There's no such thing as strategic surprise - but there can always be tactical surprise
This is generally taken to be a memo item for commanders (particularly those many who are somewhat lacking in native creativity) to incorporate in their plans a carefully thought-through surprise for the enemy. Just because it's clear to all that you are poised and ready to attack, doesn't mean you should simply blow the starting whistle and advance in a line on the obvious axis (think Normandy 1944). It's all closely bound up with deception, another strongly advisable tool for every commander to pack in his kit - and much emphasised in British military doctrine, often to the bewilderment of more linearly-thinking allied leaders.
But it's also good advice for commanders who are themselves the ones mostly obviously holding the initiative on the battlefield. Maybe the other side isn't going to take your next powerful move lying down: perhaps something really unexpected is going to come flying over the battlements in your direction. No plan benefits from being thrown even a little off-balance before you've got properly started.
By the January of thirty years ago, it was pretty obvious to Saddam that he was about to face a formidable aerial bombardment. Far from concealing it, Bush's coalition had been keen he should understand the sheer might of the aviation they possessed - not least to deter a further invasion, into Saudi Arabia, before coalition ground forces were ready. Enough, you'd think (or indeed hope), to cow even a tooled-up maniac like Saddam, who'd had his share of setbacks against a much lesser foe in Iran.
But, just as we'd been surprised by some of the military innovations the Iraqis had come up with over the course of that earlier conflict, we had to cater for several initiatives we hadn't necessarily, errr, expected in detail...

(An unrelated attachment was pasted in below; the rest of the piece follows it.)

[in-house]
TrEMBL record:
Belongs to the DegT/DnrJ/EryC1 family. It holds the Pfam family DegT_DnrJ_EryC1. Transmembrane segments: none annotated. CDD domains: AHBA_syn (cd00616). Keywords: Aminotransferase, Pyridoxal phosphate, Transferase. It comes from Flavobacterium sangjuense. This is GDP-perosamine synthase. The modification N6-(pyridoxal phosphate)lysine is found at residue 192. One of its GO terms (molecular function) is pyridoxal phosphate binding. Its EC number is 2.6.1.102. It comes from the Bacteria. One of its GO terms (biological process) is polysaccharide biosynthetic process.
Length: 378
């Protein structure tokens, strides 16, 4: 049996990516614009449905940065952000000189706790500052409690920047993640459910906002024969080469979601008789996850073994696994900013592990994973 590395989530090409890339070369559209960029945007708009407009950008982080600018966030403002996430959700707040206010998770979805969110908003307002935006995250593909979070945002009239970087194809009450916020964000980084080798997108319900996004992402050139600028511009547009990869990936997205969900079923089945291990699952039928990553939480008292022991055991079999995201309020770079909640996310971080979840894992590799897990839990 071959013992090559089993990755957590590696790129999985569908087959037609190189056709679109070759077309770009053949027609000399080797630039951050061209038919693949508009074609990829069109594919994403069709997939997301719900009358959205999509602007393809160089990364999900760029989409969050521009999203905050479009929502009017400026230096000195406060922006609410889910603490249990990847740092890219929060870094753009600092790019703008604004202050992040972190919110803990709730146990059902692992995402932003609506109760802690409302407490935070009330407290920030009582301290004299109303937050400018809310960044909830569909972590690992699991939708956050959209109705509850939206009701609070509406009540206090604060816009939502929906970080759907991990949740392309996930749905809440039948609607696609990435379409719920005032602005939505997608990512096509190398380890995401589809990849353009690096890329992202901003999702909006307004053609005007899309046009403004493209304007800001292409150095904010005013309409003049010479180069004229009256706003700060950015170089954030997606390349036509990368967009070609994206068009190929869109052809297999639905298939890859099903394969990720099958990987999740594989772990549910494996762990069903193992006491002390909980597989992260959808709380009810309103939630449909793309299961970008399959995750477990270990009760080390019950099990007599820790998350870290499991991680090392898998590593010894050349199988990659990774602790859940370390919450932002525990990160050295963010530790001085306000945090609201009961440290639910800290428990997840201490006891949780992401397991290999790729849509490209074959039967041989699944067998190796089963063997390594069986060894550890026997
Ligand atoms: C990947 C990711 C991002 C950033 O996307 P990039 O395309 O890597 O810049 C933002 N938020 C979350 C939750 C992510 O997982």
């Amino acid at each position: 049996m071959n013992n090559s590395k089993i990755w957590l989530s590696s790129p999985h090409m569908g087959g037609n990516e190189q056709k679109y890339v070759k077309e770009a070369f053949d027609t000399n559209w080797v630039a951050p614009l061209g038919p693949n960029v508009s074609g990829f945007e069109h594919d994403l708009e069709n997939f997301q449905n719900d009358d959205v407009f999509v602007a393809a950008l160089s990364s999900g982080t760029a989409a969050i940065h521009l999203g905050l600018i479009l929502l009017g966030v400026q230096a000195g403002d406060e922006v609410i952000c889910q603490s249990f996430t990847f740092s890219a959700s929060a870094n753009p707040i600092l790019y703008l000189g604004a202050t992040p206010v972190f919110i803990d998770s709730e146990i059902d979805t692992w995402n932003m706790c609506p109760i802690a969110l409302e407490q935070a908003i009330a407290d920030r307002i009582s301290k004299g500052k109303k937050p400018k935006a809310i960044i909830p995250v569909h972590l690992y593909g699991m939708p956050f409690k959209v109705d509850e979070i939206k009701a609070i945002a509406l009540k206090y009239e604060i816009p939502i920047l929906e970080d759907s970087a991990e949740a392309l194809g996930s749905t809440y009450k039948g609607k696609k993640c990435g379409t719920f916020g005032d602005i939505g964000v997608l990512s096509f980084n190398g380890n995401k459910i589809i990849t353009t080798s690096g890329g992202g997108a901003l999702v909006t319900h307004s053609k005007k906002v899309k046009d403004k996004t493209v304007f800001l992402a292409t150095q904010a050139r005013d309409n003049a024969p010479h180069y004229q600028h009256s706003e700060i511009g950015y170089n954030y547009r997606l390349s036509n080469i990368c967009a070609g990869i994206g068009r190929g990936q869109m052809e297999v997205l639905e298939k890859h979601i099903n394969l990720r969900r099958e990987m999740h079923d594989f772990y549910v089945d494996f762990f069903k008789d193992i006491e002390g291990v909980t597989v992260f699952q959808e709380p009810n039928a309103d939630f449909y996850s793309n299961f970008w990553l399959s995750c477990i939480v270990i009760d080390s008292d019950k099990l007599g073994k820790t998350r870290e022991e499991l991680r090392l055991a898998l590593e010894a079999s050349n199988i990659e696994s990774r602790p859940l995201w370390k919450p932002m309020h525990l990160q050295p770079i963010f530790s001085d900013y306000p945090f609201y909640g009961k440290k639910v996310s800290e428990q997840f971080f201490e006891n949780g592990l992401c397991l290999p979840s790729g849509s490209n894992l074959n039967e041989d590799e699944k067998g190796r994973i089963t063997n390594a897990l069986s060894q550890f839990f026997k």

1. The Scud campaign
We knew he had Scuds, including some with chemical warheads. We'd deployed very advanced kit to detect their launches, and accurately predict their trajectories (all of which worked very well, incidentally). We were searching diligently for the launchers as best we could, across the whole of Iraq.
What we hadn't banked on was an immediate Scud assault on Israel, as soon as we opened hostilities at the end of Desert Shield / start of Desert Storm, on 17th January 1991.
I mean: Saddam had seen the world's response to his attack on modest little Kuwait. Who, in his shoes would choose to open a new front against Israel ? But he did. I'll be writing more about Scuds in future installments.
2. Iraqi airforce decamps to ... Iran!
Yup, as Desert Storm commenced a large number of Iraqi planes headed immediately eastwards over the Iranian border, and landed there. To be fair, this is nowadays mostly attributed to individual (albeit clearly pre-planned) defections rather than a cunning ploy to preserve the Iraqi airforce. Still, it didn't half give us pause for thought. In conjunction with the attack on Israel ... does he have an *understanding* with Iran ..?
3. The attack on Khafji (Saudi Arabia)
Now this really is a classic. The defender makes the first move, catching the attacker unawares. As Wiki has it:
Saddam Hussein, who had already tried and failed to draw Coalition troops into costly ground engagements by shelling Saudi Arabian positions and oil storage tanks and firing Scud surface-to-surface missiles at Israel, ordered the invasion of Saudi Arabia from southern Kuwait.
Yes, that was the point: still, in January, we weren't ready for ground fighting. The aerial phase was always going to come first, but ideally we might have moved to ground ops rather sooner: as mentioned before, the logistical challenges were great, but the weather would soon be heavily against us. The shelling was no great surprise, but Khafji was. I leave you to refresh your memory on that episode on Wiki.
Gotta have realistic respect for the other side. He was making a proper fight of it - and not everyone thought he would. Surprise, eh? Catches you every time.
** not just military in its application, of course. Just because I know I'm going to die, doesn't necessarily mean I won't be caught out when it actually happens